2015 flu: Will the vaccine work this year?

Kaitlyn Ross is looking ahead to the 2015 flu season.


ATLANTA -- Last year's flu season was brutal and deadly. The CDC reports 145 children died from flu-related complications.

One of the reasons for the higher-than-usual rates of infection was the poor performing flu shot. It was only 14% effective; usually the flu shot has a 50% to 60% effectiveness rate. 

Last year's flu virus mutated early in the season, making the prepared flu shot less effective. This year, the CDC believes they have a better handle on the virus.

11Alive Medical Correspondent Dr. Sujatha Reddy says that early mutation is unusual, and while it's to early to say for sure what this flu season holds, she expects a better vaccine to ease this year's numbers. Also, because the flu seasons have been milder in other parts of the world, the U.S. flu season is also expected to be milder. 

Dr. Reddy recommends getting the flu vaccine as soon as possible.  "Even though the peak of flu season is in December, it can start as early as October," she said.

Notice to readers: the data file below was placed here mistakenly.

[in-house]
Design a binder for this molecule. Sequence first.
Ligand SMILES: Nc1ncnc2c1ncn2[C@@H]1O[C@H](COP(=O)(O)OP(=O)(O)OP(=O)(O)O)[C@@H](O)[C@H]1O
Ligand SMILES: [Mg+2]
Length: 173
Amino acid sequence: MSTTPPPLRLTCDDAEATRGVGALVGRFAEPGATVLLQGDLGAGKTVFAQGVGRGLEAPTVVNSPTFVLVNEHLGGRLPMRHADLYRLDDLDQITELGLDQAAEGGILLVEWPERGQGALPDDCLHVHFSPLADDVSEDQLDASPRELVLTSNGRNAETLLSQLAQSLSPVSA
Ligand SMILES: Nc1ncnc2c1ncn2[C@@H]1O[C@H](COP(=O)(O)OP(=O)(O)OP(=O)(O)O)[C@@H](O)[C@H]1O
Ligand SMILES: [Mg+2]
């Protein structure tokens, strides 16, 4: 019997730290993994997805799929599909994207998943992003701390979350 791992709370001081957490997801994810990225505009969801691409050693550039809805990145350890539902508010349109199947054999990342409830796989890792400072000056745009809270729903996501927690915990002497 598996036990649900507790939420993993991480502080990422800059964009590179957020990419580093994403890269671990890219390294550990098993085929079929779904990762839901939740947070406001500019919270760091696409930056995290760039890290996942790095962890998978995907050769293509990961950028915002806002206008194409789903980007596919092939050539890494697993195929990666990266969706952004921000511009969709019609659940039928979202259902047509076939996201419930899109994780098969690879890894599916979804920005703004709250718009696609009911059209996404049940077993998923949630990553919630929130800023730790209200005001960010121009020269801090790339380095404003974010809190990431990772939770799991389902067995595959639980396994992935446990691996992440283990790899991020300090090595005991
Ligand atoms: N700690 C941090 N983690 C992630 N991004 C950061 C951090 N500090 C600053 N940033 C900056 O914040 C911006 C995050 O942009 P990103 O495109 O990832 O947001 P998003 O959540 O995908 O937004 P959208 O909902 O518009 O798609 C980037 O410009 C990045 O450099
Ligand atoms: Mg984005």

It takes 2 weeks for your body to build the antibodies after you get the vaccine, so Dr. Reddy says an earlier shot means better protection.

For most healthy people, Dr. Reddy says getting the vaccine is really about protecting other people - children too young to get the vaccine, or people too sick to get it.

"We have seen tens of thousands of people die every year from the flu, it is one of the most deadly viruses we encounter in medicine, and it's completely preventable," she said. "The best way to protect those people is to surround them by people who are vaccinated, so you can protect your loved ones by protecting yourself."

The CDC says for the 2015-2016 flu season,  This both trivalent (three component) and quadrivalent (four component) influenza vaccines will be available. Different routes of administration are available for flu vaccines, including intramuscular, intradermal, jet injector and nasal spray vaccine. Doctors 11Alive spoke with urge people to ask for the quadrivalent vaccine instead of the trivalent, since it protects against more strains.

The CDC says manufacturers have predicted they'll make between 171 to 179 million doses of flu vaccine for the U.S. 



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